Beaches...mountains...fabulous cities...exciting festivals. And, of course, sunshine. It’s not surprising that southern Spain is the most popular area for Europeans seeking a second home.
How much for a house in Spain? Well, there’s a huge price variation across the 17 regions...and also from town to town within the regions. But while property prices have gone up in the past few years, it’s still possible to unearth village houses and small coastal apartments for less than $100,000...if you know where to look.
I go to Spain whenever I get the opportunity; this is my third vacation there in the past five years. This time I’ll head to the North of Spain…to the little-known but very affordable region of Galicia. Previously, I’ve visited artistic Barcelona, historic Seville, and sun-soaked Malaga…three cities with their own distinctive characteristics, appeals, and benefits—and I’m anxious to follow up this vacation with another soon, to picture-perfect Valencia, the bull-running city of Pamplona, and the traditionally preserved hillside towns of Cuenca and Ronda.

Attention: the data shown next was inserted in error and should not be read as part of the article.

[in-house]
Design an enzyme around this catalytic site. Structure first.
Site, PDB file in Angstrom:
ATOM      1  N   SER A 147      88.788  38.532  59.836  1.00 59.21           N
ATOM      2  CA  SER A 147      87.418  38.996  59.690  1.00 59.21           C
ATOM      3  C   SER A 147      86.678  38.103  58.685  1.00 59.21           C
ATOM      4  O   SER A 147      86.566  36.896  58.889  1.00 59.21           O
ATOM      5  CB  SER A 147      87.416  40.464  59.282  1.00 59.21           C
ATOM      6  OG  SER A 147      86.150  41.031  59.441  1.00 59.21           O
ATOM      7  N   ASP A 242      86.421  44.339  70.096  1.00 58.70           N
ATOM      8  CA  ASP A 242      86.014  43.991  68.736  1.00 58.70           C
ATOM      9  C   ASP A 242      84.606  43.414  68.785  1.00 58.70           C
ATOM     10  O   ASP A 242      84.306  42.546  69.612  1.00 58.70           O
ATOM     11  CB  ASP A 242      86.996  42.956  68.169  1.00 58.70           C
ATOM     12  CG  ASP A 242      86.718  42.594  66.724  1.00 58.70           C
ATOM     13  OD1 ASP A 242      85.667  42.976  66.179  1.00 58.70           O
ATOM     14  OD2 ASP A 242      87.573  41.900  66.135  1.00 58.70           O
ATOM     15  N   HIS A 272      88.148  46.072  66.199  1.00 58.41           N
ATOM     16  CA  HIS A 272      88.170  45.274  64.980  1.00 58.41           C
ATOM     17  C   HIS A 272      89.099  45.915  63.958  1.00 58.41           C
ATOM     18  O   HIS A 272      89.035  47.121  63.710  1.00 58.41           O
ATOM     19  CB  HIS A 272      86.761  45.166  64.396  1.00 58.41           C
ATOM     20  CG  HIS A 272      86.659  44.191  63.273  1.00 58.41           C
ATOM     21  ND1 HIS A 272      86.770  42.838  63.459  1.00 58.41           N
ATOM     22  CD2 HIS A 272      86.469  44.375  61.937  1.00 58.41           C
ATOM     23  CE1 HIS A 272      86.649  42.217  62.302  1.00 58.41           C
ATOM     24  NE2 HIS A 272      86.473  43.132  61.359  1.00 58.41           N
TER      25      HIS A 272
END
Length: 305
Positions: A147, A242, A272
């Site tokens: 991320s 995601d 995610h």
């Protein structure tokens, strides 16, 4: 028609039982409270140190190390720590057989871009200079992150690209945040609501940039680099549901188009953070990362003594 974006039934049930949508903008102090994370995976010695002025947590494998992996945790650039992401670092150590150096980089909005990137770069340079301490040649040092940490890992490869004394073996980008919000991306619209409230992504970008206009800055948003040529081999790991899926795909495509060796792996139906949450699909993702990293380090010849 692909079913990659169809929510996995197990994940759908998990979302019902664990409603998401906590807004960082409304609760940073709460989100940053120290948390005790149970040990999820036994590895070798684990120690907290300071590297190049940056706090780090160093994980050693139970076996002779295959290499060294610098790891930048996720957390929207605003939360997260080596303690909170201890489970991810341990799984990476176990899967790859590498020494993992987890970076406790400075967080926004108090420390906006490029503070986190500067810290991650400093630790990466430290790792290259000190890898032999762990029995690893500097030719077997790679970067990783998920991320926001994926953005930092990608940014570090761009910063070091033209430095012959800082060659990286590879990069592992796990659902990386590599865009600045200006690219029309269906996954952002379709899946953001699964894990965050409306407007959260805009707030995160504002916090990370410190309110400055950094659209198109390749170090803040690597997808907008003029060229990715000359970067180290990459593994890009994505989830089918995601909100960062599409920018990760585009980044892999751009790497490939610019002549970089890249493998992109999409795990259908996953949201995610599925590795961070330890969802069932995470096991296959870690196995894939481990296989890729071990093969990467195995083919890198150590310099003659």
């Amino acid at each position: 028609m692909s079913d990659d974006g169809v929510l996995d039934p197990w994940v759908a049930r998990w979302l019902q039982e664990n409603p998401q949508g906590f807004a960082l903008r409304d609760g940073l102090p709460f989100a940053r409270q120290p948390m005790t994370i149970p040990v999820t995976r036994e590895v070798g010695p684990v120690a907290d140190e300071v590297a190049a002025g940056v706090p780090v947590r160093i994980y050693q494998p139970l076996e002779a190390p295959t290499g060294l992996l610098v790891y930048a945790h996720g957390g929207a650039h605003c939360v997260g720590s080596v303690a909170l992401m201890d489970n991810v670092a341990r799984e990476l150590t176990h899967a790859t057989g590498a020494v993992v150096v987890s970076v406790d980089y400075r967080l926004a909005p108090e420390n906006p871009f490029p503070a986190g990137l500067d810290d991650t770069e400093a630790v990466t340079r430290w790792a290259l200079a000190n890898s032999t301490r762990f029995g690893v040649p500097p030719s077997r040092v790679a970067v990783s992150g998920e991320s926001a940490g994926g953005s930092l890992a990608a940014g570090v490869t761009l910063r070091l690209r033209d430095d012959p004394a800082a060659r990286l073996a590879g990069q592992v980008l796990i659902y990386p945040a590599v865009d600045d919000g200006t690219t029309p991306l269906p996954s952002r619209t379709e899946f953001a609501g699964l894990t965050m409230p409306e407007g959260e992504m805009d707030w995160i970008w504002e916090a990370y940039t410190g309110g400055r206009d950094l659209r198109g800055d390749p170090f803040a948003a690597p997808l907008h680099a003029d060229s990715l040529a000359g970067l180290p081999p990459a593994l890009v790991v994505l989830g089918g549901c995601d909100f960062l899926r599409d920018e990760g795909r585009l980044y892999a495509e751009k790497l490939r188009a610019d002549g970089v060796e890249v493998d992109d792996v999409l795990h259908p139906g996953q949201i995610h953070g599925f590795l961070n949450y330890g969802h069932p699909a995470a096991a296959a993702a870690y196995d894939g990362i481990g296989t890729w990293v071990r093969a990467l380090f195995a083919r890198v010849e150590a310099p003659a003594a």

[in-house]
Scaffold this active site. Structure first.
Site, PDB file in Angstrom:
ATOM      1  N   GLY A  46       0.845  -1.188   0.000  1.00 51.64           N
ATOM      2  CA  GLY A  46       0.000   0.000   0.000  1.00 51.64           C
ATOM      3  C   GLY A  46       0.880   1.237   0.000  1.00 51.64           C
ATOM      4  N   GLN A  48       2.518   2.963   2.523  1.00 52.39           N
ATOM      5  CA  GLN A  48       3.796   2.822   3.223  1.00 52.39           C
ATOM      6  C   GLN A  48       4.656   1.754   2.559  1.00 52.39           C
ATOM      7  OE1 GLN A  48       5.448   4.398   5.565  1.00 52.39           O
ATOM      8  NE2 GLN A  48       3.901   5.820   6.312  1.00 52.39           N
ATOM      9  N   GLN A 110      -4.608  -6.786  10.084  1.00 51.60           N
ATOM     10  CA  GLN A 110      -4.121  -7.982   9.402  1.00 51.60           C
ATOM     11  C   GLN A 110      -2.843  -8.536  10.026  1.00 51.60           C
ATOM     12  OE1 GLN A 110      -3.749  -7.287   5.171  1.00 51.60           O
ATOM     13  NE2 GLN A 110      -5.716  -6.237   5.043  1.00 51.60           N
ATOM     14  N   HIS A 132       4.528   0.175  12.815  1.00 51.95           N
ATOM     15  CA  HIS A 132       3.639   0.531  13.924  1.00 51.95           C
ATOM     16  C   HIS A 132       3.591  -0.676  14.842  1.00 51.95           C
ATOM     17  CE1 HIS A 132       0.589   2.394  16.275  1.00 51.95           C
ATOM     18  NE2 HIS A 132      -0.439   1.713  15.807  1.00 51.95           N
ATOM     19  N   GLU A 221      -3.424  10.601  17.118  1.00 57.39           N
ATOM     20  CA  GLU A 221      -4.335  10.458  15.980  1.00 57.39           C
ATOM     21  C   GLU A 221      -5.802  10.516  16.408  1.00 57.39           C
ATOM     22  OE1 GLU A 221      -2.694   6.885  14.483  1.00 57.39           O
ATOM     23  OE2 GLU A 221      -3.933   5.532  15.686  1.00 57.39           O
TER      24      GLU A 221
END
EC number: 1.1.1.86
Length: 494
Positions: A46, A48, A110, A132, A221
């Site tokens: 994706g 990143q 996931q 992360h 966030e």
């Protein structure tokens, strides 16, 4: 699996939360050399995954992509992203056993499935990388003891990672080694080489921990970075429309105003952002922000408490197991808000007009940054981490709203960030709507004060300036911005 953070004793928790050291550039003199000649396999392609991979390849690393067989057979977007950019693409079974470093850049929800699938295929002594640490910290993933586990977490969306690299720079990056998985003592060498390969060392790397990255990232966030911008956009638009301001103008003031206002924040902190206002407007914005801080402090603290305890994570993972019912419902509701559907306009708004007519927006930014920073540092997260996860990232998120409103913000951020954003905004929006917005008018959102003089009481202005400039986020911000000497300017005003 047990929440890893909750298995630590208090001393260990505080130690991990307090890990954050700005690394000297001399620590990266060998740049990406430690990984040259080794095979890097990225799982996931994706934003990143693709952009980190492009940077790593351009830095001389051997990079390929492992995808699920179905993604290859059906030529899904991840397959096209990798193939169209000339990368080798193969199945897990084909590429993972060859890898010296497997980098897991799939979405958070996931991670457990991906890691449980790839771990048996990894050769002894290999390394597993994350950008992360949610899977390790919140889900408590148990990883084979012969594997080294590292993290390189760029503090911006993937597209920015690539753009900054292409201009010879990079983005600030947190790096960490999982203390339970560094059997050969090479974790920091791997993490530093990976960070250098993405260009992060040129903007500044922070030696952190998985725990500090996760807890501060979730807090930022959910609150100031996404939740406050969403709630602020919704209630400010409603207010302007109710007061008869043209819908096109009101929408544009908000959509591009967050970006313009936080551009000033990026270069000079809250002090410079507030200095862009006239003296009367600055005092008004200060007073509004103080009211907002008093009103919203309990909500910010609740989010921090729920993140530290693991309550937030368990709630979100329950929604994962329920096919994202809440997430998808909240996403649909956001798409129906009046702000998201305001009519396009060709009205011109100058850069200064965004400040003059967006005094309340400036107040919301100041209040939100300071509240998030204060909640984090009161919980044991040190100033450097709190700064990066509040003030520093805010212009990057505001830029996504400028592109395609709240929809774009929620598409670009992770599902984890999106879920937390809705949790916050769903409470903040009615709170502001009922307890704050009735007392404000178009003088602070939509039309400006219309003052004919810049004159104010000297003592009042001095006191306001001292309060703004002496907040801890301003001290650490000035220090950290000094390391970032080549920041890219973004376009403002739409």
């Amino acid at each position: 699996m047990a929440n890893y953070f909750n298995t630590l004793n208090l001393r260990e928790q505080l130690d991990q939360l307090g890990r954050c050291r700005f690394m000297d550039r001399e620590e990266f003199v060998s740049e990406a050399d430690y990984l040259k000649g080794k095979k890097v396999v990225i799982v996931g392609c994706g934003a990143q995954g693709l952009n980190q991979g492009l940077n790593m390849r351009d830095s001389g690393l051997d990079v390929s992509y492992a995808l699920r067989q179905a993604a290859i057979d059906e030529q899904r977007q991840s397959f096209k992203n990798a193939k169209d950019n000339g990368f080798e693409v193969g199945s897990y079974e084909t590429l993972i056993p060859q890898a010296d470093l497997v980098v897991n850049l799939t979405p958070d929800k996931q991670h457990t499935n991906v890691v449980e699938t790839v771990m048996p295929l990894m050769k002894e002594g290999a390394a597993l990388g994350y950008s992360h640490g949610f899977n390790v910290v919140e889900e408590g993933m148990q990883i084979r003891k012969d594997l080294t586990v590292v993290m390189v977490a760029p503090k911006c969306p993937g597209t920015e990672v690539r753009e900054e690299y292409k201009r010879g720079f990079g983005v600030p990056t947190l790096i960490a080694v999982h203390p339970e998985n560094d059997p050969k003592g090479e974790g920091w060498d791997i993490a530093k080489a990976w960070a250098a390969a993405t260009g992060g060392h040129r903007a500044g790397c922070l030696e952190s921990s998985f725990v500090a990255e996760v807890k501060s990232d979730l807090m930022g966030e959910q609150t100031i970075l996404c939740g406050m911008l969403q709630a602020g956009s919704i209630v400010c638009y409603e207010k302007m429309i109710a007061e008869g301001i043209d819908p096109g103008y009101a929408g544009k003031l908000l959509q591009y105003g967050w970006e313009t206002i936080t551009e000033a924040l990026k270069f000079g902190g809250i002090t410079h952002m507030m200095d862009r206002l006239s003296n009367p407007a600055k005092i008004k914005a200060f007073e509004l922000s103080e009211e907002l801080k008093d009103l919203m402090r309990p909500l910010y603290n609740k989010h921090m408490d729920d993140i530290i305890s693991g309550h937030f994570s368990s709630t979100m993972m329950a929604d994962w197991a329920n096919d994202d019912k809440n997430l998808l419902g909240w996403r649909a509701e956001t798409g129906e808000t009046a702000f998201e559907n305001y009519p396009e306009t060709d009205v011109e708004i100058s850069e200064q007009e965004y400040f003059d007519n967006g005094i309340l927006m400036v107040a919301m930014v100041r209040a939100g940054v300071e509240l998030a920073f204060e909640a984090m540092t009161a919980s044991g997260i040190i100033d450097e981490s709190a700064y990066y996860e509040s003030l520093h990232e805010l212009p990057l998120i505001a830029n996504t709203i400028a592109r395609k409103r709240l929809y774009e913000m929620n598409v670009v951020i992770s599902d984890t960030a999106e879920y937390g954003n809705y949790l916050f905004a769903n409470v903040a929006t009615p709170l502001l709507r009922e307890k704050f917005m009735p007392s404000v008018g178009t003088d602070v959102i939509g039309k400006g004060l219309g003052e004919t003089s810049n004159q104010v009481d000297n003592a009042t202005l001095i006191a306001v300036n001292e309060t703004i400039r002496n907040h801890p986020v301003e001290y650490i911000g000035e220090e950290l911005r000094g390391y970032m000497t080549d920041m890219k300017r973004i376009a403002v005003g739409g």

Pundits are divided on whether Spain’s property market will see further price falls. A huge overhang of unsold homes remains, but for the first time in seven years, sales in Málaga province showed an increase in 2013. Spain will always be a popular retirement destination for northern Europeans, and the number of U.S. citizens registered as living in Spain has increased, too.
Steeped in memories of Moorish Al-Andalus, the narrow streets, shady gardens, and stunning architecture of Granada make it one of Spain’s most iconic cities. In the Realejo, the old Jewish quarter, a refurbished 913-square-foot apartment close to Campo del Príncipe (which has some wonderful tapas bars) is reduced from $162,000 to $134,000.
Thanks to Europe’s financial and economic crisis, you’ll find some of the best real estate values in the best parts of Europe right now—and some of the best opportunities to profit. Specifically, the deals are to be found in Ireland, Portugal, and Spain. These places were hit hard by the crisis—and pricings finally reflect that.